When I saw the news the other day that KSTP had discovered that Minnesota’s Board of Teaching had failed to report teachers suspected of sexual misconduct, my first thought was, “Of course—why should the scandal stop with the failure to license excellent teachers, when there are abusive ones to protect?”
The story was followed a day or two later by the launching of tin-eared statements by elected officials from both parties, who presumably see political profit from blaming each other, umbrage from the governor — who for years has turned a blind eye to that long-running excellent teacher thing – and the issuing of a statement by the board’s new director and longtime chair.
It was the board’s letter to KSTP that tipped me over the edge. It was two full pages of, essentially, it’s not our job, only a few got through on our watch, and we didn’t think the “boundary violations” rose to the level of criminal conduct.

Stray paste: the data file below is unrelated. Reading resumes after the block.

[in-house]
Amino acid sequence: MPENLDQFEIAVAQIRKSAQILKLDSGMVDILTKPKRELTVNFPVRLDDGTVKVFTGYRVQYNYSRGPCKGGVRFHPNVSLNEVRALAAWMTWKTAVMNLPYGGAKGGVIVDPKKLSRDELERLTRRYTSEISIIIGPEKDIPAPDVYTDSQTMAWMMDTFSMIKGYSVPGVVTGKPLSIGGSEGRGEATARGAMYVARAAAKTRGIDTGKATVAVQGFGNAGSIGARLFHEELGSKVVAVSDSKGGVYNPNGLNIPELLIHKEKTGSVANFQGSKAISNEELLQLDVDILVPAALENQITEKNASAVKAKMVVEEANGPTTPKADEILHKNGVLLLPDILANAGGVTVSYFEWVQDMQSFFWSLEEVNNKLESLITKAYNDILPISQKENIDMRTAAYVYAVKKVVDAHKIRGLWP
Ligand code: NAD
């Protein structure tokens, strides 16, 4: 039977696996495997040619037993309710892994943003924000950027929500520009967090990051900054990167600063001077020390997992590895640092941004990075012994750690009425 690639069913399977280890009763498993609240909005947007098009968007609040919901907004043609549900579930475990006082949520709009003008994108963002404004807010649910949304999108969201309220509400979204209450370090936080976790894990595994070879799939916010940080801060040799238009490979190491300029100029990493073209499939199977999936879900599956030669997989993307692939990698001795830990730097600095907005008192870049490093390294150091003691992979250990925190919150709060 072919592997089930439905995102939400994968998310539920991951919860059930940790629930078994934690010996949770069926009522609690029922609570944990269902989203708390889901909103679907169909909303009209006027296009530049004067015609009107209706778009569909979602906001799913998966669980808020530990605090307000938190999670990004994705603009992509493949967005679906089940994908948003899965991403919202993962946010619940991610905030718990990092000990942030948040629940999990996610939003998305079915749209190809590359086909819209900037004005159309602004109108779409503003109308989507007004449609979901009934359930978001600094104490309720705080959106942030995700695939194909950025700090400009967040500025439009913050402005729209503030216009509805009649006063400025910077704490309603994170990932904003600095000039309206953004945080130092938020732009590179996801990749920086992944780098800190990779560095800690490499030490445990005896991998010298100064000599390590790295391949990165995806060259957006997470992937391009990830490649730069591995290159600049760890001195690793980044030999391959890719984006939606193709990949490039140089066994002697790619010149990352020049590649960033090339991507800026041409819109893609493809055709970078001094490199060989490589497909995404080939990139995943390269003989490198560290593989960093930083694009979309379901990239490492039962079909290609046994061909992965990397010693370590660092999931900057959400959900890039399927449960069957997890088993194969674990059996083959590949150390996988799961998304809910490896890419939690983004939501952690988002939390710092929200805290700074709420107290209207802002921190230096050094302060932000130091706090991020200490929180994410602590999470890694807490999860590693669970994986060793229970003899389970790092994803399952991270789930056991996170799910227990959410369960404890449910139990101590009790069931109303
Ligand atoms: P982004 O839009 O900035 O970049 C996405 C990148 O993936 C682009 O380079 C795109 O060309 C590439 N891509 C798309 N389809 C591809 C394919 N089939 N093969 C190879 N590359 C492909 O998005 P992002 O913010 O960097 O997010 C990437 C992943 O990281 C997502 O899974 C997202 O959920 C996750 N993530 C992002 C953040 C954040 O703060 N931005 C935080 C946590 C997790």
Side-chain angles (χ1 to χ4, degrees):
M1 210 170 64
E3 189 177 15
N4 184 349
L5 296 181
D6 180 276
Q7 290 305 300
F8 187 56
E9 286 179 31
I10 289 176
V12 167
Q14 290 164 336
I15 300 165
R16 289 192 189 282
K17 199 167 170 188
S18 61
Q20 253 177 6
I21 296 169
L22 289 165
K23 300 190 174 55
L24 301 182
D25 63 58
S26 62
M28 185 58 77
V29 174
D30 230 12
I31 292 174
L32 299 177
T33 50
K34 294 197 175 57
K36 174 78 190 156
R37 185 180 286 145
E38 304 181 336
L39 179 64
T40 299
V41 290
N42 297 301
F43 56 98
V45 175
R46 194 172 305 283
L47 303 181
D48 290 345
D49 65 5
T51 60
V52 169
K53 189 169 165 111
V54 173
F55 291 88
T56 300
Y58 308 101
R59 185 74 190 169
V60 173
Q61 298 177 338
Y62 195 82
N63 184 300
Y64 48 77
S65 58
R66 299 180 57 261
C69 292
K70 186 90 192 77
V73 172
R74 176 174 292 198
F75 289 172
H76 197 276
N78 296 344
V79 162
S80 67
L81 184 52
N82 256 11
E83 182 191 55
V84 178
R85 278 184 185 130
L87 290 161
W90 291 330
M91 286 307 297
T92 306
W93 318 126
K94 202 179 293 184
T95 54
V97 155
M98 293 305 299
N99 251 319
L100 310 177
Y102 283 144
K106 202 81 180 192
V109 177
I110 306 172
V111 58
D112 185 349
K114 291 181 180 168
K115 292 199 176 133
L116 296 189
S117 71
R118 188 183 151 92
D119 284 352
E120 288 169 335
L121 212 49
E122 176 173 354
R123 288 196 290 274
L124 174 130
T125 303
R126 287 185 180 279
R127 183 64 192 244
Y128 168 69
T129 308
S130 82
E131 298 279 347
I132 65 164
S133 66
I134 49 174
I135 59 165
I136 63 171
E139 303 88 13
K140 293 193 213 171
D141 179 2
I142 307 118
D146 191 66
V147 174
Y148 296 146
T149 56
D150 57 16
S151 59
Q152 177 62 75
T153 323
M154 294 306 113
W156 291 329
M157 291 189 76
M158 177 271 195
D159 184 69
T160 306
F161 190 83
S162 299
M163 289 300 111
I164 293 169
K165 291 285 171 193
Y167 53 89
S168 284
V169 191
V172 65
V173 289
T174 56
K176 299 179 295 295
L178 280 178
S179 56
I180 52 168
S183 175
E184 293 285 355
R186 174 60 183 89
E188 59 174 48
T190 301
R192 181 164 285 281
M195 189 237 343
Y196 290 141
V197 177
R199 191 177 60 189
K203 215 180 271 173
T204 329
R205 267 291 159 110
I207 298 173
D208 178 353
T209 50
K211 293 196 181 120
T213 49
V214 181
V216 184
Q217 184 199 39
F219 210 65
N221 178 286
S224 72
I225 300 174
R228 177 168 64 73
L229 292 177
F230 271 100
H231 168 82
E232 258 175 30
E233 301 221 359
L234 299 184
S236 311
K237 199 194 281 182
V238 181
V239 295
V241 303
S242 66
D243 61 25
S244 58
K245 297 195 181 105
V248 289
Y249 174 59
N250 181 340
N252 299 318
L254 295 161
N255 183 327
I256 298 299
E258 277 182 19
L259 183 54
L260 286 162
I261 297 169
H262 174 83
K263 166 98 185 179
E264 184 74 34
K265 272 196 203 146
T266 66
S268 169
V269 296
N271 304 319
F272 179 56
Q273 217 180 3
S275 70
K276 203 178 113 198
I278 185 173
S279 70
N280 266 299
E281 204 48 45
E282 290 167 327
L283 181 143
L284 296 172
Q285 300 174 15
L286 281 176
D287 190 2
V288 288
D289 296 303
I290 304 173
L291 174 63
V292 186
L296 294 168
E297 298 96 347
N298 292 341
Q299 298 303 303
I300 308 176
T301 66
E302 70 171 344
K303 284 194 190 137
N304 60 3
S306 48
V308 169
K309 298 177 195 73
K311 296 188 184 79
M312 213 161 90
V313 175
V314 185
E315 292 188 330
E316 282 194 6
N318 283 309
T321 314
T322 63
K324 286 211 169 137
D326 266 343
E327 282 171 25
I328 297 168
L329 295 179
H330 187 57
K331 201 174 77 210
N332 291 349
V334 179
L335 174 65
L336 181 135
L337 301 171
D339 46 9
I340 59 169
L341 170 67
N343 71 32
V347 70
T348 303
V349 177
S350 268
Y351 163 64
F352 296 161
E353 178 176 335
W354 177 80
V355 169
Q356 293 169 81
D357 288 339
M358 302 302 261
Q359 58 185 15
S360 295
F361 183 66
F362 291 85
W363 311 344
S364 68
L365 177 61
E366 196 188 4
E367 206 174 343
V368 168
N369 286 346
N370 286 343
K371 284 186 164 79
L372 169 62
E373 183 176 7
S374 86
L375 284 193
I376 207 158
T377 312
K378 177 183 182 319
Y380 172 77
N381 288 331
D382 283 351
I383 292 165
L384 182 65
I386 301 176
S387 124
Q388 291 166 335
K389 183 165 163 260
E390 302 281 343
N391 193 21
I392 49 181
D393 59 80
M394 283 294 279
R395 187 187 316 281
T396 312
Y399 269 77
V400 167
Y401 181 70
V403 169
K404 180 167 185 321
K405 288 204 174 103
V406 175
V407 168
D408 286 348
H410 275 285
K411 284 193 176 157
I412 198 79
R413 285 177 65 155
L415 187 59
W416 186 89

No remorse, no “our thoughts go out to those impacted” language, no vowing to do better. Just exactly what we’ve heard in the ongoing licensure fiasco: a deep commitment to the status quo and the dismissal of anyone who challenges it.
Here are some words that do not appear anywhere in the letter: Child, family, abuse, victim, survivor, exploit, predator, hurt, heal. The word student is mentioned, but only in relation to the real actors here, teachers: “The Board is responsible for ensuring that students in Minnesota have qualified and effective teachers.”
The license of the teacher who abused me and a bunch of other students at the St. Paul Open School, No. 126873, is valid – right now, today — for teaching secondary Spanish, social studies and history and expires 6/30/9999, according to state records.